First things first, what is a stickie?
So, as most of you probably know, a “stickie” is lash industry slang to describe one lash getting stuck to a neighbouring lash. This is usually due to poor isolation or applying too much glue to the lash extension. It’s perfectly normal to have a few stickies come up during your work -it happens to us all - just be sure that you spend a good 10 minutes at the end of treatment to find them and separate them
Different types of stickies
The first type of stickie is when a tiny baby lash gets stuck to an extension. These are one of the most common, and one of the most damaging types of stickies.
The second type of stickie is when 2 extensions are stuck together. This type of sticky is the easiest to spot when checking your work at the end of the treatment, and arguably the easiest to separate, as you would just grip one with your isolation tweezers, and pull the other one off of it with your tweezers for picking up lash extensions.
Finally, the third type of stickie is when 2 natural lashes are stuck together. This can happen when you have placed an extension on a natural lash but have taken it off again, either due to bad positioning or too much glue. The natural lash is still covered in glue and can easily adhere to the neighbouring lash when you come to re-isolate the surrounding lashes. These are the ones you have to watch out for because they are very easy to miss!
Why are stickies so bad?
The reason it is so important to check your work for stickies is that they are extremely damaging to the natural lashes. But what makes them so damaging?
Well, we know lashes have different stages of growth, just like people. Baby lashes grow much quicker than a full-grown lash that is in its “resting stage”. If a baby lash becomes stuck to a fully grown lash, it will keep growing and could simply pull the resting lash out, permanently damaging the hair follicle. If you are very lucky and it doesn’t rip the lash out, it will create a loop (as shown in the image) and push the extension in the wrong directions, creating a very unflattering look.
Remember we want a full and fluffy set of lashes, not spider’s legs! Not only are stickies damaging to the natural lashes, they also damage the reputation of the lash industry. How many times have you heard “lash extensions completely ruined my lashes/my friend’s natural lashes”? Well, if it wasn’t for dreaded stickies and poor application, eyelash extensions should never cause any damage to natural lashes whatsoever!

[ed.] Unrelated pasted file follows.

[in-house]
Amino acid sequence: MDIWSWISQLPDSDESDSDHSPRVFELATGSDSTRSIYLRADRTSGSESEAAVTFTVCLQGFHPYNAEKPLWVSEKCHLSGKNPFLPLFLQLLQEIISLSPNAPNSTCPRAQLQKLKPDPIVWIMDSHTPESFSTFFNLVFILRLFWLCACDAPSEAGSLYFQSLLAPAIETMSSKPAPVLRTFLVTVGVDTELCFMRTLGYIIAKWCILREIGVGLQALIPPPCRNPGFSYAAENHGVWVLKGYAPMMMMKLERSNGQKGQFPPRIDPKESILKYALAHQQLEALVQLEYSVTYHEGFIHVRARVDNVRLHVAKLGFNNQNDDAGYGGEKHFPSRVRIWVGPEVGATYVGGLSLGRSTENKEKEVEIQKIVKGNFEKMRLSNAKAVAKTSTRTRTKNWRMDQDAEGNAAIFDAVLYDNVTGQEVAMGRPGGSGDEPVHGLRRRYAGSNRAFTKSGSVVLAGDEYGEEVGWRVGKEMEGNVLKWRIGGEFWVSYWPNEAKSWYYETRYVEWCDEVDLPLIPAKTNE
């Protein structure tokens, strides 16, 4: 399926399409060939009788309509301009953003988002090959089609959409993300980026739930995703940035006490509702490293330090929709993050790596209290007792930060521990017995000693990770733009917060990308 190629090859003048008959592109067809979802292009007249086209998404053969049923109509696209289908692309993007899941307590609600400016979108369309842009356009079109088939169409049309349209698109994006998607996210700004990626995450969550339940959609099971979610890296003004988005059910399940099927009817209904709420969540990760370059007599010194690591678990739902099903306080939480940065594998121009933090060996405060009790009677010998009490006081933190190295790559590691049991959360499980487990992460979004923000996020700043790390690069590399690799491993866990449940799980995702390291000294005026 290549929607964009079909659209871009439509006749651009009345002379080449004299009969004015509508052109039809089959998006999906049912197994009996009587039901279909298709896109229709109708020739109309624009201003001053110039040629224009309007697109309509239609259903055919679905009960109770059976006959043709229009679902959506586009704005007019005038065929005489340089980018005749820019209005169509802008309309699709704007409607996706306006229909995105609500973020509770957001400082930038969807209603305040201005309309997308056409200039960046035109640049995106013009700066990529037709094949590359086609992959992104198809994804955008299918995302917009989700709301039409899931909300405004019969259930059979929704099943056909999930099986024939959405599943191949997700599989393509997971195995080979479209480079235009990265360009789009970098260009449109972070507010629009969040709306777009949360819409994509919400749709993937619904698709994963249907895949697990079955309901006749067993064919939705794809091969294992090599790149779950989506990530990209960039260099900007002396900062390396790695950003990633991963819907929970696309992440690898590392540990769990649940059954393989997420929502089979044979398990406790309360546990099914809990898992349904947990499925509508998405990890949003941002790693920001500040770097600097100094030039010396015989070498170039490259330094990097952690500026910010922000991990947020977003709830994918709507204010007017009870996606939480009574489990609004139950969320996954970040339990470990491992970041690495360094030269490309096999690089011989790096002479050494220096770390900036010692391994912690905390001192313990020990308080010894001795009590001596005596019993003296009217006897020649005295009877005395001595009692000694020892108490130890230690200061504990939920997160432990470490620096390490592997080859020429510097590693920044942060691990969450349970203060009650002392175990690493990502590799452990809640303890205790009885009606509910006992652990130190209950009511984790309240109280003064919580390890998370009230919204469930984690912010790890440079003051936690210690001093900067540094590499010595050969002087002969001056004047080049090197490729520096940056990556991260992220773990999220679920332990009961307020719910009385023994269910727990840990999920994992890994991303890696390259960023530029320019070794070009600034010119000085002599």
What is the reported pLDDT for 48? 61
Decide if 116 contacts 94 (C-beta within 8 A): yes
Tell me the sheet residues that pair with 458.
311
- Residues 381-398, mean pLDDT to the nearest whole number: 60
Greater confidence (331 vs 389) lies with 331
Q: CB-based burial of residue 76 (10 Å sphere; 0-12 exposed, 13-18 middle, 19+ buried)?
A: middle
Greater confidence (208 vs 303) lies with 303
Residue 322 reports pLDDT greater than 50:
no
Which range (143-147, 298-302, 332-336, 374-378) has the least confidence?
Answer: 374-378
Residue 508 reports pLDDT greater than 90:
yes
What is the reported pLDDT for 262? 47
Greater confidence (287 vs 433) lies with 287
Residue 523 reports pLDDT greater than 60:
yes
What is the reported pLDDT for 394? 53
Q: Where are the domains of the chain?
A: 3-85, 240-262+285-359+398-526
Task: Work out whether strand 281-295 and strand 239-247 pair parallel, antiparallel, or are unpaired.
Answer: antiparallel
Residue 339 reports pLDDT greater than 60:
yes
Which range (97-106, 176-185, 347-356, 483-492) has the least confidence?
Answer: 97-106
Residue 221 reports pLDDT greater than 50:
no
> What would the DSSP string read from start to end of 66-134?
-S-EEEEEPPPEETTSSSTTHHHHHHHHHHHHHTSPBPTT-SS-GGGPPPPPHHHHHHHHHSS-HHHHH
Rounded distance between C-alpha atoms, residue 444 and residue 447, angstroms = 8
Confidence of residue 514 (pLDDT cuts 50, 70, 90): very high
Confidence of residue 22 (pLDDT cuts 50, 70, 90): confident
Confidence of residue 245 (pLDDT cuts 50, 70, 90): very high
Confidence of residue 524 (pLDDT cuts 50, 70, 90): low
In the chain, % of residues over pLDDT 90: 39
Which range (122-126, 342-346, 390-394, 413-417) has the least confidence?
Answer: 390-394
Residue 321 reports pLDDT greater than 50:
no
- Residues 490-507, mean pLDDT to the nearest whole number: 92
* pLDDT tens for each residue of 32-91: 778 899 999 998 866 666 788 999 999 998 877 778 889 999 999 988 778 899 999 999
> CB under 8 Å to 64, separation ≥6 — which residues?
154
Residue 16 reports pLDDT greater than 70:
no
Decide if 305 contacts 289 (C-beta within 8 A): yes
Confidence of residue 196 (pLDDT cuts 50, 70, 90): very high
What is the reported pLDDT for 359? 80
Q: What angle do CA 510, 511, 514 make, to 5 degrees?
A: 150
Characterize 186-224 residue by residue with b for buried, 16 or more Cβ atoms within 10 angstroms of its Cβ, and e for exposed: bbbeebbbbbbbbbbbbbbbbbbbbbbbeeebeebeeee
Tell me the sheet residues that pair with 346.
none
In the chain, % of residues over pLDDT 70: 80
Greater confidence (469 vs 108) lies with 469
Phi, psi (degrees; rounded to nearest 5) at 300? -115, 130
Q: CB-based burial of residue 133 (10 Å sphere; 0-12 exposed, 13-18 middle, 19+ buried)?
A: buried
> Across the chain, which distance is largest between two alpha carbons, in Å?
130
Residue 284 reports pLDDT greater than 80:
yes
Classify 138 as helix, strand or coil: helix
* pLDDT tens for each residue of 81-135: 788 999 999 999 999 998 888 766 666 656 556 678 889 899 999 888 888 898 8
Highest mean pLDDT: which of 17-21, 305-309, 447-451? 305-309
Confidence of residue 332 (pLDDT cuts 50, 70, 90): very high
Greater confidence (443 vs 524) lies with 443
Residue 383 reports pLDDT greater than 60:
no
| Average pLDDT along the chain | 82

How to prevent them
The first step to prevent stickies is to correctly isolate the lash. However, regardless of how careful you have been, stickies will occur from time to time which is why it is vital to always check your work when you have finished.
Always use the correct amount of glue, just a tiny ball but not a blob. A glue that dries too slowly can contribute to stickies.
There are different techniques you can use to avoid stickies, the first of which is called “lash by lash”. This is where you simply apply the lash, then apply the lash directly next to it. This technique is risky - if the lash you just applied hasn’t dried properly, you can easily get into a sticky situation when applying for the next extension. This technique is better used by more advanced technicians who are using rapidly drying glue.
The next technique is probably the safest - it’s what lash artists call “carcass”. This is where you apply one lash, then leave a gap of, say, 10 natural lashes before applying for the next extension, giving the first extension time to dry. It is also beneficial to work evenly across both eyes - giving glue even more time to dry before lashes are moved once again.
How to check your work
Checking your work for stickies is as important a part of your lash procedure as applying eyepatches - it’s all about safety! Always ensure you save 10 minutes at the end of a treatment in order to do this thoroughly and correctly. The first way you can check for stickies is to check each individual lash from root to tip with your tweezers, not forgetting to check every natural lash to ensure that two baby lashes are not stuck anywhere. Secondly, you will need to check layers, because lashes don’t grow in just one row - you are almost guaranteed to find at least one stickie between the layers!